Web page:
Limiting Factors In Photosynthesis

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There are Optimum Conditions for Photosynthesis

Ideal conditions for UK-like plants

As well as a constant supply of water (oo little photosynthesis stops, too high the soil becomes water-logged reducing mineral uptake) plants also need a:

High light intensity of a certain wavelength

  • Light provides energy for the light dependant reaction - the higher the intensity the more energy it provides.
  • Only certain wavelengths are used for photosynthesis, the photosynthetic pigments chlorophyll a, chlorophyll b and carotene only absorb red and blue lights in sunlight (green is reflected)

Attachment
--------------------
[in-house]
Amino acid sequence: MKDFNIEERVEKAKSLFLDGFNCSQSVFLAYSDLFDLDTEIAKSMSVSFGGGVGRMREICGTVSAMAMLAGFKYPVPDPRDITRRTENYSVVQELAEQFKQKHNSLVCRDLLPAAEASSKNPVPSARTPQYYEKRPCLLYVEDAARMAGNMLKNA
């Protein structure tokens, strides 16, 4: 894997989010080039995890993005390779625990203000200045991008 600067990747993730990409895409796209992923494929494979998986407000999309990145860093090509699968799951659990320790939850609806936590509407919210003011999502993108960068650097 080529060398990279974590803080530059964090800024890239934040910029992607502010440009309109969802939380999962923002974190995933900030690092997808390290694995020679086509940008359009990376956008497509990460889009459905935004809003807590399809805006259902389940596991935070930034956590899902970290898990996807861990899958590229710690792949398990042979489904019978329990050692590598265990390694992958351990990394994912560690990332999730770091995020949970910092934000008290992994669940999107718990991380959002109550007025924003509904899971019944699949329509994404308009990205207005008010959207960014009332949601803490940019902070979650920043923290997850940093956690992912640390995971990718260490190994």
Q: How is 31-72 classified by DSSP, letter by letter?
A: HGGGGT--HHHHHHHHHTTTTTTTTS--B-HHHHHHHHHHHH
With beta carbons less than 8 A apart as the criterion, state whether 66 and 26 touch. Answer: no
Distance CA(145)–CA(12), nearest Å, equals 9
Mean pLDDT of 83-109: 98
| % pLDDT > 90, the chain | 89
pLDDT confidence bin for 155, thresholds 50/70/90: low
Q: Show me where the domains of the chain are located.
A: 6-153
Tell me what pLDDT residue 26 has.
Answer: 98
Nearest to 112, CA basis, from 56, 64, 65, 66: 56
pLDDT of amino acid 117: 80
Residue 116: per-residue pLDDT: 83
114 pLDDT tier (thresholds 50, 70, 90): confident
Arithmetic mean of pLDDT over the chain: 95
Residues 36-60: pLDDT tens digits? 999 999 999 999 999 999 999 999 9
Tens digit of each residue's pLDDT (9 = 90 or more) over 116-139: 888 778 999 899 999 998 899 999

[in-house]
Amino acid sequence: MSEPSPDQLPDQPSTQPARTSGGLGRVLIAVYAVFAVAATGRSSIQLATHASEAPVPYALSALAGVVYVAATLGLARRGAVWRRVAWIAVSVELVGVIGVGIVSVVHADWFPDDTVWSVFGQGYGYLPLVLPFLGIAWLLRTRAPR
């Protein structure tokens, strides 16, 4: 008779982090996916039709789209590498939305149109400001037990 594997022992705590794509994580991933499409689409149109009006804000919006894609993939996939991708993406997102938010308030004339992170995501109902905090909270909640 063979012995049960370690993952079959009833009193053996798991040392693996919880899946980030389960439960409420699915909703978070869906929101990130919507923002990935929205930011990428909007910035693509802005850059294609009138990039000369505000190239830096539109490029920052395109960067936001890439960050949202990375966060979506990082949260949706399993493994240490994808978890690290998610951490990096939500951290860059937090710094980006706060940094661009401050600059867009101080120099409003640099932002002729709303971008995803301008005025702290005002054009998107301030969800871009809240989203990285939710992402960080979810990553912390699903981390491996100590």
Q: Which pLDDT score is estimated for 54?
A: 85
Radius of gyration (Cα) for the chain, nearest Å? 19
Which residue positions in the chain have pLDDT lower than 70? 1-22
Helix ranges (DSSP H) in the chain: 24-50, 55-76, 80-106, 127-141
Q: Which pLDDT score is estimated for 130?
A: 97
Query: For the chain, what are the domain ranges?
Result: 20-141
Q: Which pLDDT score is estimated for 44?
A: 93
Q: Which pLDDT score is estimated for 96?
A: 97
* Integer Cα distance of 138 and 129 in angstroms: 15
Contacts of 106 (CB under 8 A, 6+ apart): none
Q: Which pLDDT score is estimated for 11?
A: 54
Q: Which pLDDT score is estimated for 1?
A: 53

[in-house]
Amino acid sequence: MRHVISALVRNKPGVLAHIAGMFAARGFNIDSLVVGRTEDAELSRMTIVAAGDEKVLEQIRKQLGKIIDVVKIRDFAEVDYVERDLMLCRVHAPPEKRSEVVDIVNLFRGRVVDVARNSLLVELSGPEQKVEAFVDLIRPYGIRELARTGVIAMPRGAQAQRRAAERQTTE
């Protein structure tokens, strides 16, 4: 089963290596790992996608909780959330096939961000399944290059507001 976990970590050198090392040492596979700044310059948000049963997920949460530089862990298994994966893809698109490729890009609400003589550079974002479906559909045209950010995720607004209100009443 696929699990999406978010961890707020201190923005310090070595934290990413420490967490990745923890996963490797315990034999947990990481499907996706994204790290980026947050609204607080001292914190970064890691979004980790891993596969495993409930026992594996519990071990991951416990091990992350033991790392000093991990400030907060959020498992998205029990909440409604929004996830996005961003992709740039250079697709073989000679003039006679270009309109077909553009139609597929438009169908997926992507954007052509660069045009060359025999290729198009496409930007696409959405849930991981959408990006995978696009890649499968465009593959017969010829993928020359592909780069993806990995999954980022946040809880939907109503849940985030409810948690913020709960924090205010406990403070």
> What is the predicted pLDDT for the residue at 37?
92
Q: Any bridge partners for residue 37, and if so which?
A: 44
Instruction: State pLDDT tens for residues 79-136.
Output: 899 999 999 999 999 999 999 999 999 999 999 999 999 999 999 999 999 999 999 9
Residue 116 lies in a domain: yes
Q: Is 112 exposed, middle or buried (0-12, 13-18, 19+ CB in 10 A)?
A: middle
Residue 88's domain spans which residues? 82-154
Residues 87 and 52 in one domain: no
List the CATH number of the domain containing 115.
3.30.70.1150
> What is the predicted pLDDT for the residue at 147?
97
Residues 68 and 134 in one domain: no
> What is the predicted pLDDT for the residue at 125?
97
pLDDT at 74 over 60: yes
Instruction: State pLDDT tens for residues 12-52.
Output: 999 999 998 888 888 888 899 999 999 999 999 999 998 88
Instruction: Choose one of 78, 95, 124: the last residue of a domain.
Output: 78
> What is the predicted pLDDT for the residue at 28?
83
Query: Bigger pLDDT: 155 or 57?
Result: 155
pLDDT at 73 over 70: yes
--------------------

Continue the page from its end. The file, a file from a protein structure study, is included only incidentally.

Temperature of about 25°C

  • Photosynthesis involves enzymes (like ATP synthase, rubisco) so if the temperature falls below 10°C the enzymes become inactive, if more than 45°C they can denature.
  • At high temperatures, the stomata can close to avoid water loss, so photosynthesis can slow down because less CO2 enters the leaf

Carbon Dioxide at 0.4%

  • Carbon dioxide makes up about 0.04% of the gases in the atmosphere
  • Increasing this to 0.4% gives a higher rate of photosynthesis, but any higher and the stomata can start to close

Light, Temperature and CO2 can all Limit

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